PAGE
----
After ʻOumuamua, now we are likely to have another interstellar visitor beyond our solar system: comet C/2019 Q4 (Borisov). So the interstellar objects entering the solar system may not be rare at all.

It is the first known interstellar comet ever identified. ʻOumuamua, the first interstellar “rock” ever discovered was an asteroid-like object.

The second interstellar object discovered so far

Gennady Borisov, the Crimean astronomer and veteran comet hunter at the Crimean Astrophysical Observatory discovered C/2019 Q4 on August 30, 2019, using his custom-built 0.65-meter telescope. Hence the nickname “Borisov”.

At the capture time, the object was about 3 astronomical units (AU) from the Sun – which is about 450 million kilometers (280 million miles).

It has a hyperbolic excess velocity of about 30 km/s, which is an important indicator that the object is indeed interstellar. Its hyperbolic path is also another evidence.

Hyperbolic excess velocities under 3 km/s can be explained by gravitational perturbations.

The orbit of C/2019 Q4 (Borisov)
The orbit of C/2019 Q4. Nicknamed Borisov, C/2019 Q4 (internal name gb00234) is an interstellar comet from outside the Solar System. A hyperbolic solution for gb00234 passes between Mars and Jupiter. (Green=gb00234; Blue=Neptune)

The first color photo of “Borisov”

On the night of 9-10 September 2019, Gemini Observatory successfully captured the first color image of “Borisov”. The image was obtained on the night of 9-10 September using the Gemini Multi-Object Spectrograph on the Gemini North Telescope on Hawaii’s Maunakea.

The first color image of the comet C/2019 Q4 (Borisov), which astronomers believe to be the first known interstellar comet ever identified, was captured by the Gemini North telescope at Hawaii’s Mauna Kea. Gemini North acquired four 60-second exposures in two color bands (red and green). The blue and red lines are background stars moving in the background. (Image credit: Gemini Observatory/NSF/AURA/Travis Rector)

Andrew Stephens of Gemini Observatory who coordinated the observations said: “This image was possible because of Gemini’s ability to rapidly adjust observations and observe objects like this, which have very short windows of visibility,” said Andrew Stephens of Gemini Observatory who coordinated the observations. “However, we really had to scramble for this one since we got the final details at 3:00 am and were observing it by 4:45!”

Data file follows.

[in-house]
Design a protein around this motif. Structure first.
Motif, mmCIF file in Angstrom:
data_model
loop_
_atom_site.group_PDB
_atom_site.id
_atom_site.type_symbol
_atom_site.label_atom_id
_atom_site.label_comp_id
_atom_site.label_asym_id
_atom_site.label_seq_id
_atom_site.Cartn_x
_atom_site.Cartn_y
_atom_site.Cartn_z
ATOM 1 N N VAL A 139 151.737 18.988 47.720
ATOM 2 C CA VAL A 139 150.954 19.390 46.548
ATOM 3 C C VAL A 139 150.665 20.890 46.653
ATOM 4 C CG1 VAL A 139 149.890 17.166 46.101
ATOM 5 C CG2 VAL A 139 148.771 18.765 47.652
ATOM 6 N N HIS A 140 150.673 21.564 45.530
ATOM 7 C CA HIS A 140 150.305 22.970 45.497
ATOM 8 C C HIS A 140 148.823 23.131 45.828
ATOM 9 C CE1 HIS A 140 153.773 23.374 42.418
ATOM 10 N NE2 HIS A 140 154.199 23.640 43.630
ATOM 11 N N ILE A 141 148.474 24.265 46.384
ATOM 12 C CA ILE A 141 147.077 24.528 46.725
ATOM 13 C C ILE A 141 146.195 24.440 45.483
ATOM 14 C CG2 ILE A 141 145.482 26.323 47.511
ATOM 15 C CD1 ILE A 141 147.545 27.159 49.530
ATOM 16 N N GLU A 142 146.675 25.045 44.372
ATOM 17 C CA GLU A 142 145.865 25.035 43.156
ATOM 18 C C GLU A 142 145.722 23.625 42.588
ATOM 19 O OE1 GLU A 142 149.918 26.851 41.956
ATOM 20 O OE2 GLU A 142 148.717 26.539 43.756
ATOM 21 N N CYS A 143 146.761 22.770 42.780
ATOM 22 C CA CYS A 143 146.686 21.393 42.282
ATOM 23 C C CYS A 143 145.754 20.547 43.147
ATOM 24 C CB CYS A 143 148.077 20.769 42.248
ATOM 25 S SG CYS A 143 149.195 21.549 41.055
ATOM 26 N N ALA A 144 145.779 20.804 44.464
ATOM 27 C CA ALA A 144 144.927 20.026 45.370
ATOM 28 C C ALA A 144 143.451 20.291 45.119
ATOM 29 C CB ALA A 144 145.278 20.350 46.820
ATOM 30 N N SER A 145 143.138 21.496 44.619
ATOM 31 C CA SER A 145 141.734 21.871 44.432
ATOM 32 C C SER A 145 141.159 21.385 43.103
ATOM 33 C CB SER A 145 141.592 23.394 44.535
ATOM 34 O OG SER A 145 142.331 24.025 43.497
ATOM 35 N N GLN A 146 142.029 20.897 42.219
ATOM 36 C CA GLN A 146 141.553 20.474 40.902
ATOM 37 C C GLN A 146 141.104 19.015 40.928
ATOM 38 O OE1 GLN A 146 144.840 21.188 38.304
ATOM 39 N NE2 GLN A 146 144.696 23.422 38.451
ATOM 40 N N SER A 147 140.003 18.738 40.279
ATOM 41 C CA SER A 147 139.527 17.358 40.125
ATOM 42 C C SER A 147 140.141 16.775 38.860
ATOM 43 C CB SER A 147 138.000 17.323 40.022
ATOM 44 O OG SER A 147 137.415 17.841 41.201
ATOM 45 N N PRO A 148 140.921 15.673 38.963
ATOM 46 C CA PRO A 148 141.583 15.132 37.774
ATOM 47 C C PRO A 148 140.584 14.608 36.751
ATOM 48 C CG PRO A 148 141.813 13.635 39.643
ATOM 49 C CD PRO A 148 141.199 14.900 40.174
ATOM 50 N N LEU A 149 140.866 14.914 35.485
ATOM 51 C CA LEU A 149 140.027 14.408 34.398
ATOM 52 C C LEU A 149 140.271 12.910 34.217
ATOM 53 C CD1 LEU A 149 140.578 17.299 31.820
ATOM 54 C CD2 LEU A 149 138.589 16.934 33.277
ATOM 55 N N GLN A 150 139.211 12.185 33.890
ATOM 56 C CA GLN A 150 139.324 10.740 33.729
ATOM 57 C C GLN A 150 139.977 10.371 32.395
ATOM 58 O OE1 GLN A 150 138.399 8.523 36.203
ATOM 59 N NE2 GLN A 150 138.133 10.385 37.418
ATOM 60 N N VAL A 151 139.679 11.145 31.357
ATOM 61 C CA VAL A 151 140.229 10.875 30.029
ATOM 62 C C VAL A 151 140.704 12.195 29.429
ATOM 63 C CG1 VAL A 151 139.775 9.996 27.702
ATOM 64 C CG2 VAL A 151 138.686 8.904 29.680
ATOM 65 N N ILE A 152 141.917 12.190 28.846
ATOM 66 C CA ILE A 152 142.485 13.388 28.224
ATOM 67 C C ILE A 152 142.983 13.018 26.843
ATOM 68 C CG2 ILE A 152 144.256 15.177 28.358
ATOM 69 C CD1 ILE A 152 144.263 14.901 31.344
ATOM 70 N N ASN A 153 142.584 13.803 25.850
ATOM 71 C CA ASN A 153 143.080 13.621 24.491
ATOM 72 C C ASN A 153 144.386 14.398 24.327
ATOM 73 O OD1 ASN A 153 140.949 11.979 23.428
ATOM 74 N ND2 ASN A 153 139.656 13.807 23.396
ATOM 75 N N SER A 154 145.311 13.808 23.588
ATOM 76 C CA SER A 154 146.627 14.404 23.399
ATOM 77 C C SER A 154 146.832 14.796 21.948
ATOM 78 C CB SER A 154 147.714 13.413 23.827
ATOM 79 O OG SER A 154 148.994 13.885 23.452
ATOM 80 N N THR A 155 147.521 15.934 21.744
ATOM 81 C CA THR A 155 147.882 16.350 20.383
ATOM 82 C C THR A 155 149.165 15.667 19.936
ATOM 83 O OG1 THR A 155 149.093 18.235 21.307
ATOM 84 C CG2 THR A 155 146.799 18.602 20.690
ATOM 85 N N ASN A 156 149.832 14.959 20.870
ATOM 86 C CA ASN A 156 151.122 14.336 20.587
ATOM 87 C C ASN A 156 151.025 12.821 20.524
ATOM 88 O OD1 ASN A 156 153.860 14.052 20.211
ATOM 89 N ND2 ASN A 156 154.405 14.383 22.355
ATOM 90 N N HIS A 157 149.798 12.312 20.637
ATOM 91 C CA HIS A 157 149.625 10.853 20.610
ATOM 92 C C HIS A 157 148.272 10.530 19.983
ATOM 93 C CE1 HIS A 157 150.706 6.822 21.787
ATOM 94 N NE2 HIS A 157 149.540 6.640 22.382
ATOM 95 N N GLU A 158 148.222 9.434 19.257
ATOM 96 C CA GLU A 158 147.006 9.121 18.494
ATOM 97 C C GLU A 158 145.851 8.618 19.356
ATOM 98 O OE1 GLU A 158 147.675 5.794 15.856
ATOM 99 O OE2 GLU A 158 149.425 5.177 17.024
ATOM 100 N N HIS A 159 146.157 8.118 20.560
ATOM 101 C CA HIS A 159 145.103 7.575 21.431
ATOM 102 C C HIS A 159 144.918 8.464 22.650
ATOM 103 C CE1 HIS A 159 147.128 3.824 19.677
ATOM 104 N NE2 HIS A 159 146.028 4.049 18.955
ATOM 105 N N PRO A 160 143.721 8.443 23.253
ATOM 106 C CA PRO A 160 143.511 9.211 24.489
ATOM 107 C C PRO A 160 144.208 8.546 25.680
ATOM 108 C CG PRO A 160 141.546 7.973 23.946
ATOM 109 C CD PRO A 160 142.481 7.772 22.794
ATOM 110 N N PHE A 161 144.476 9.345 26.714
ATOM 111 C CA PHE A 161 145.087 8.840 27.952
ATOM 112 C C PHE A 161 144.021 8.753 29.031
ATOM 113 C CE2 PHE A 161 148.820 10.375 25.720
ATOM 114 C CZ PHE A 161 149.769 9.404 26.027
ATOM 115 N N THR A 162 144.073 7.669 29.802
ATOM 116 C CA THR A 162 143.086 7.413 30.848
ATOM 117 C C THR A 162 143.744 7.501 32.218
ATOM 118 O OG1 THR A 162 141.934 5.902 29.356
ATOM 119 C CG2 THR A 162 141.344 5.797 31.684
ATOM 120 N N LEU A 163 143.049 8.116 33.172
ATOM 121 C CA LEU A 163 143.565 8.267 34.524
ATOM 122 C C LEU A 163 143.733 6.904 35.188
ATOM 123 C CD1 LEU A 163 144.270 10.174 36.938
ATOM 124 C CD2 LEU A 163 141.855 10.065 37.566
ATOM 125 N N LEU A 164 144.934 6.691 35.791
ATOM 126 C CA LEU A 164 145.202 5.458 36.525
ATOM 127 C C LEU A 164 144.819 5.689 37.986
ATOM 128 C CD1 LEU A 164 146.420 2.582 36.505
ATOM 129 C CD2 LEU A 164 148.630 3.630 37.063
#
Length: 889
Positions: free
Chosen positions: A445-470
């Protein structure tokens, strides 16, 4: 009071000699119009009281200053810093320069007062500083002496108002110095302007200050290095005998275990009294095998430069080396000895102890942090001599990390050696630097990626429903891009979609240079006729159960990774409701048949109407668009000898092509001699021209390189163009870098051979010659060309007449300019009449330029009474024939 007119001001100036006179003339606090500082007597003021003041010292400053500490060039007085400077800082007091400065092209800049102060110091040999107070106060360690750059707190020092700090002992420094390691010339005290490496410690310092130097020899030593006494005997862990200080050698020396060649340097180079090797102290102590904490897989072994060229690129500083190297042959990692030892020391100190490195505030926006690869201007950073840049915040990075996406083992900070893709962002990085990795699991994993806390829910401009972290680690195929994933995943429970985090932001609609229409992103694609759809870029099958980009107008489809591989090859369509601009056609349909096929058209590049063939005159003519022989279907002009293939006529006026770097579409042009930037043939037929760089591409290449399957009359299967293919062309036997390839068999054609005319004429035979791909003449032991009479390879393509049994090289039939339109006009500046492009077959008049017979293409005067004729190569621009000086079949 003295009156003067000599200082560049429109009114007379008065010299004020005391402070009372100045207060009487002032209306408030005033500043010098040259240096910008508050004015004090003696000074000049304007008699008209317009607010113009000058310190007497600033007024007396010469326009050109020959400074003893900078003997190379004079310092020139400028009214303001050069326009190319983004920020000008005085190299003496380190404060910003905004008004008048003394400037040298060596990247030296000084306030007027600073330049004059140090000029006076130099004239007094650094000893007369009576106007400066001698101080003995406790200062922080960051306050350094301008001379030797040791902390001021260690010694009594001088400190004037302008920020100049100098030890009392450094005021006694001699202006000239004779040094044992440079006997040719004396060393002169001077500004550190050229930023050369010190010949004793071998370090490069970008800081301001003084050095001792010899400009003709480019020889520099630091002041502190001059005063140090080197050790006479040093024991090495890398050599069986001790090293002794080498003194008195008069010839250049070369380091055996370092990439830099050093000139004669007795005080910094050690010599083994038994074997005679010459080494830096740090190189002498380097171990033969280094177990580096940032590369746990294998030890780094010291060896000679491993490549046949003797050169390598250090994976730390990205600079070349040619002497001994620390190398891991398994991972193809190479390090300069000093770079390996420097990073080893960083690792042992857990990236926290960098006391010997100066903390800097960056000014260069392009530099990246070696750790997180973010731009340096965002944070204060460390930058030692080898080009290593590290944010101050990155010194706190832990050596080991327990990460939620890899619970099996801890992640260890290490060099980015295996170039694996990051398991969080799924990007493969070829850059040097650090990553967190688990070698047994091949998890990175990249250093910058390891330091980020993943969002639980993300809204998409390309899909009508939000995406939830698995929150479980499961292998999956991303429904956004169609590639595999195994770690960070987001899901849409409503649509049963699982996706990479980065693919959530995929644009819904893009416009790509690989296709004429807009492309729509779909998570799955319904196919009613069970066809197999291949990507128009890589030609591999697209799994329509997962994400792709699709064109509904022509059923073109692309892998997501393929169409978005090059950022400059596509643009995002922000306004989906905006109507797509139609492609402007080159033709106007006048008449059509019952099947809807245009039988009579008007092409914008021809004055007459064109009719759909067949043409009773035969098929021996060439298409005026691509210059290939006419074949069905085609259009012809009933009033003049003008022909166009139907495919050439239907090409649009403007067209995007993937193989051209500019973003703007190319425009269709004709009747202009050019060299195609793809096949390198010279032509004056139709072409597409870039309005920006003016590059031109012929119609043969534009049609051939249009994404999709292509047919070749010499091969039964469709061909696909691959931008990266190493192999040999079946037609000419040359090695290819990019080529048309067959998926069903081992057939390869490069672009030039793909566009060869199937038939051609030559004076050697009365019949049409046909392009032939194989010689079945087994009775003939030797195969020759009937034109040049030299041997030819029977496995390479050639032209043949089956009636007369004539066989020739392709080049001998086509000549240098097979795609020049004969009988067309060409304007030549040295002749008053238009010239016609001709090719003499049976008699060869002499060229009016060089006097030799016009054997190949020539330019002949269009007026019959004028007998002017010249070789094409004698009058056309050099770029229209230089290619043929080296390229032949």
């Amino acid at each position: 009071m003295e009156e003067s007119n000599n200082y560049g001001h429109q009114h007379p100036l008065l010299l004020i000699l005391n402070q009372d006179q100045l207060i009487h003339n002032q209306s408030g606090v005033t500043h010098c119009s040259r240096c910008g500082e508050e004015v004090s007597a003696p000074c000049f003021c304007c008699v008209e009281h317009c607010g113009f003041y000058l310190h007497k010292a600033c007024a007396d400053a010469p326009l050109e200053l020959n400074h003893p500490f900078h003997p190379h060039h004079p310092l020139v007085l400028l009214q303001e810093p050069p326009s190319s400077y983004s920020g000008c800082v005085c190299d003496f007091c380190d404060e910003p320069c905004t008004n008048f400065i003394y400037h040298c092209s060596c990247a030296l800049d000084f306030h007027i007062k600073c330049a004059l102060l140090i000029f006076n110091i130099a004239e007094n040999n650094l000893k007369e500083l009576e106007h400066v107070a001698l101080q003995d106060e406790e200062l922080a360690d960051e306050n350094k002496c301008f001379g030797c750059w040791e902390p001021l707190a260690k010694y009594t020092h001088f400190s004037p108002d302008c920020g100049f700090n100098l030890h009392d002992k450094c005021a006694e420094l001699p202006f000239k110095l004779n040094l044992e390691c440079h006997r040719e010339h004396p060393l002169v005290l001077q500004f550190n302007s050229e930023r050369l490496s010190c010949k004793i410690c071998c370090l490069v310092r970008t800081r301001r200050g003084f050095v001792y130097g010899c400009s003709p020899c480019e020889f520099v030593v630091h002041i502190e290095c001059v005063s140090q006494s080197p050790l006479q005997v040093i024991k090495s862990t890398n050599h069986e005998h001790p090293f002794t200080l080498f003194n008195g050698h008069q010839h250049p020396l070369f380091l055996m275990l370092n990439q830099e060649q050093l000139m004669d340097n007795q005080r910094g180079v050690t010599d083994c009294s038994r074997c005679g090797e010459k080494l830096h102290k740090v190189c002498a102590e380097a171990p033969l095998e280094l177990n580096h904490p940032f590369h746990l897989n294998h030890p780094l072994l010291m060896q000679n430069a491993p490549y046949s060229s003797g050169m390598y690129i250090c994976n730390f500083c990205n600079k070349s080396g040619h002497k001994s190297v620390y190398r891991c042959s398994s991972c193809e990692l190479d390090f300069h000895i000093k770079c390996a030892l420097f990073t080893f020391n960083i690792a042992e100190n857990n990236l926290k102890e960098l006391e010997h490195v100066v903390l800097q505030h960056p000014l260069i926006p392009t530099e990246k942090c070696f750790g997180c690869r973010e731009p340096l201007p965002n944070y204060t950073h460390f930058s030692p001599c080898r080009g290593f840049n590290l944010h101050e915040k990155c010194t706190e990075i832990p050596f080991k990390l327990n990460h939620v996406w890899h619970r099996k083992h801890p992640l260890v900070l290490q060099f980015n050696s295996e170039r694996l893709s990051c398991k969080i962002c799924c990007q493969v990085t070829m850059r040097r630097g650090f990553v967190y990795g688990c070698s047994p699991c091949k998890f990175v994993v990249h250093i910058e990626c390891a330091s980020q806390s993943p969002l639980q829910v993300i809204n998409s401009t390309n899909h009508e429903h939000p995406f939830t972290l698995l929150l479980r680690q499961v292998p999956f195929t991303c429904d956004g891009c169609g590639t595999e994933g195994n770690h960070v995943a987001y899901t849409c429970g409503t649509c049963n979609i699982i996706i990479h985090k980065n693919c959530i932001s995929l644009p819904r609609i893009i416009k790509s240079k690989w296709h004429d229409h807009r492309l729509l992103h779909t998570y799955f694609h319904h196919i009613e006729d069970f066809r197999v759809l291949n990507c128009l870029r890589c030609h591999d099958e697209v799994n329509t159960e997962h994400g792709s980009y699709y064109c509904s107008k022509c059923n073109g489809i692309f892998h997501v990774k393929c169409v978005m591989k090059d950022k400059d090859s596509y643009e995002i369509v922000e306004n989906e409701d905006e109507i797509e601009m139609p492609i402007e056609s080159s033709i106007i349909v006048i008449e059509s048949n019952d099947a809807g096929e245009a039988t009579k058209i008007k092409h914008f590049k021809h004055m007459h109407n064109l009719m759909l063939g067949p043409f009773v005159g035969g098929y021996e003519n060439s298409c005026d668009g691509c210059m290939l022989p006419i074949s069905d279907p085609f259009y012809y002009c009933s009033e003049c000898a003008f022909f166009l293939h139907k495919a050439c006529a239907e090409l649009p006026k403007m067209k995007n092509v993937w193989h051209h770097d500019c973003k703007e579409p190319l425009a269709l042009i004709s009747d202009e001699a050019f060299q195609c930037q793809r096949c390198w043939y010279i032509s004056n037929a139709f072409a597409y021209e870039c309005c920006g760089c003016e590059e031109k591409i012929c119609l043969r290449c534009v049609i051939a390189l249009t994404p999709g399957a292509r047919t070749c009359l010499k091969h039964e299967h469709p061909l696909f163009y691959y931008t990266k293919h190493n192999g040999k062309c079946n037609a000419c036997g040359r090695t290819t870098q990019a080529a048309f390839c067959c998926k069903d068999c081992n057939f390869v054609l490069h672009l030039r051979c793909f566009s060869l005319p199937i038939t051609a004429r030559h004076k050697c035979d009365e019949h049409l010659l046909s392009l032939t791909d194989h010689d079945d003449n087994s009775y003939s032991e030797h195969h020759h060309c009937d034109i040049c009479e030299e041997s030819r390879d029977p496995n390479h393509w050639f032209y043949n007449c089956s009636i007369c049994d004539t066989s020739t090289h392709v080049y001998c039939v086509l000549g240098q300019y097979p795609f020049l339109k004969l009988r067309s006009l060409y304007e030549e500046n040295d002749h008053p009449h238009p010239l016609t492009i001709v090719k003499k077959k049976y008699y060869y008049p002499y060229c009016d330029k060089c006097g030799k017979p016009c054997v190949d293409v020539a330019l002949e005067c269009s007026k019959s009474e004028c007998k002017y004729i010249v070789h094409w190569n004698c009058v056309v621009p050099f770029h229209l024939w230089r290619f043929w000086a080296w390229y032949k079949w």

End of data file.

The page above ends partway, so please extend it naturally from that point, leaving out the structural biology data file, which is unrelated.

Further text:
The image shows a very pronounced tail, indicative of outgassing, which is what defines a cometary object. This is the first time an interstellar visitor to our Solar System has clearly shown a tail due to outgassing.

‘Oumuamua, our first interstellar “visitor” was a very elongated asteroid-like object with no obvious outgassing.

The orbit animation of C/2019 Q4 Borisov

See an orbit animation of a comet named C/2019 Q4 (Borisov), it may be the second interstellar object discovered.

As of September 14, 2019, C/2019 Q4 is close to the apparent position of the Sun. It is difficult to observe the comet due to the glow of twilight.

Its hyperbolic path, which is evidence of its origin beyond our Solar System, will bring it to more favorable observing conditions over the next few months.

NASA’s statement on C/2019 Q4 “Borisov”

NASA called the object a “comet” and said in a statement that:

The new comet, C/2019 Q4, is still inbound toward the Sun, but it will remain farther than the orbit of Mars and will approach no closer to Earth than about 190 million miles (300 million kilometers).

After the initial detections of the comet, the Scout system, which is located at NASA’s Jet Propulsion Laboratory in Pasadena, California, automatically flagged the object as possibly being interstellar. Davide Farnocchia of NASA’s Center for Near-Earth Object Studies at JPL worked with astronomers and the European Space Agency’s Near-Earth Object Coordination Center in Frascati, Italy, to obtain additional observations. He then worked with the NASA-sponsored Minor Planet Center in Cambridge, Massachusetts, to estimate the comet’s precise trajectory and determine whether it originated within our solar system or came from elsewhere in the galaxy.

The comet is currently 260 million miles (420 million kilometers) from the Sun and will reach its closest point, or perihelion, on Dec. 8, 2019, at a distance of about 190 million miles (300 million kilometers).

Farnocchia saif: “The comet’s current velocity is high, about 93,000 mph [150,000 kph], which is well above the typical velocities of objects orbiting the Sun at that distance. The high velocity indicates not only that the object likely originated from outside our solar system, but also that it will leave and head back to interstellar space.”


M. Özgür Nevres
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